Creating Journal Pages
Creating Journal Pages
Anyone who knows me understands that my first love is fabric. I am a fabric girl. And I will tell you that if you can do it on Paper you can do it on Fabric! Seriously folks — art! I am talking about art!
Since my hook up with Art and Soul Art Retreat Workshops, (Artistic Artifacts is the On-Site Store for the Virginia Beach event) I have had to learn about paper. I still have a long way to go, but wanted to share with you what I have learned so far.
The experiment was (is? it’s still ongoing) that if I kept the journal open on a table in my studio, (my tiny studio), could I work on it daily? I gave myself permission to NOT use any WORDS!If I have to use words, I won’t do it! I’m defining art journaling on my terms as simply creating pictures or assemblages.
I started with a Strathmore Mixed Media Visual Journal, 9" x 12", Stewart Gill Paints, Golden Matte Medium, Aleene’s® Original Tacky Glue™, Tissue Paper, UHU Stic glue stick, Crafter’s Workshop Stencil # 327. A little note about the journal... it had been used to demo stencils and wood blocks at a show. The advantage for me was that the pages were/are not an intimidating blank of white!
I took tissue paper and ripped it up into smaller pieces rather than lay a sheet onto the page. Applied Golden matte medium to the page placed the tissue paper down and put a layer of matte medium over the tissue paper.
I found a fabric label on my desk, so that was added as well. Then I let the page dry.
My favorite tool is a credit card that I use as a scraper. I “glob” the paint directly onto the page and move it with the edge of the card. If I want a little more movement in the paint, I can add the Stewart Gill Extender or a little water. With this process, the page is quickly covered. I love acrylic paint because it dries so fast!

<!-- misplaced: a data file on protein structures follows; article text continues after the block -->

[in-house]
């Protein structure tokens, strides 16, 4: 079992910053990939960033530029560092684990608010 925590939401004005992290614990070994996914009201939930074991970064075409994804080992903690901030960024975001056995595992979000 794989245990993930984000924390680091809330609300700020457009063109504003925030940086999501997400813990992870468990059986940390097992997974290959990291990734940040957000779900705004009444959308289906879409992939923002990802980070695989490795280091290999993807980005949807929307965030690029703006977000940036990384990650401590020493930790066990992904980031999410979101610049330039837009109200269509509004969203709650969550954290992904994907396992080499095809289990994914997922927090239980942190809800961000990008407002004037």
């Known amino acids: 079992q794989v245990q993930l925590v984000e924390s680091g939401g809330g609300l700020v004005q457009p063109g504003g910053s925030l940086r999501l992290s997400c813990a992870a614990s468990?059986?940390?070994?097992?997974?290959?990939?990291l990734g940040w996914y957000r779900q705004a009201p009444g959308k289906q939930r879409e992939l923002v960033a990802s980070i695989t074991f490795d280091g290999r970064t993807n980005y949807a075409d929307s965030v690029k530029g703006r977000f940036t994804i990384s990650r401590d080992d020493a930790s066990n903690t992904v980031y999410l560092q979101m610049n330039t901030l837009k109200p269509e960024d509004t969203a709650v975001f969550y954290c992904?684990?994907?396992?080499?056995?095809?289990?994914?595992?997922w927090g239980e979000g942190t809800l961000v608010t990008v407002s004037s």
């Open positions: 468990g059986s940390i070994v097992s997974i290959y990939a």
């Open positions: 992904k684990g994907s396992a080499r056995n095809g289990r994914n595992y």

The next paint I wiped over the page an interference paint, which shimmers when you move the page. I did not cover the page with this color. Instead I used the same scraper idea, but this was done more haphazardly. Let that dry!
Next step was to use The Crafter’s Workshop (TCW) 6" x 6" stencil #327 Mini Flowers by Julie Fei-Fan Balzer. (Many of the TCW stencil designs are also available in 12" x 12" size.)
I placed the stencil in the top left corner so that all 4 flowers were on the page, held it in place, and using a sponge, dabbed in Stewart Gill Meta Mica paint in Chestnut over the stencil. The metallic paint is opaque, creating a dominant motif.
To get the third row of flowers I just lined up the stencil with the top of the journal page and eye balled the distance between the stencils. Looks like I turned the stencil upside down! (Yeah, I did that on purpose — LOL!) From a 4 flower stencil I created three rows of four flowers!
Equipment/tool tip: regarding sponges for paint application, I like to use a yellow “car wash” sponge available in any hardware or automotive supply store. They are cheap, cut up to make a lot of applicators, and you toss them when they don’t clean up. Another advantage is that they hold less paint than the more commonly used cosmetic sponges, so there’s much less wasted paint. (Of course I take a piece of fabric, paper, tissue, etc. and try to wipe all the excess paint on it before I actually give in and wash the sponge.)
On the tissue paper side of the journal I moved the stencil around and painted in one flower in various places on the page.
These two pages are now linked. Cool trick, right?
Finally I pulled some small black and white vintage photos from my stash, and using the tacky glue, attached them to the page.
For the moment the pages are finished, but you never know: an art journal is an ongoing process.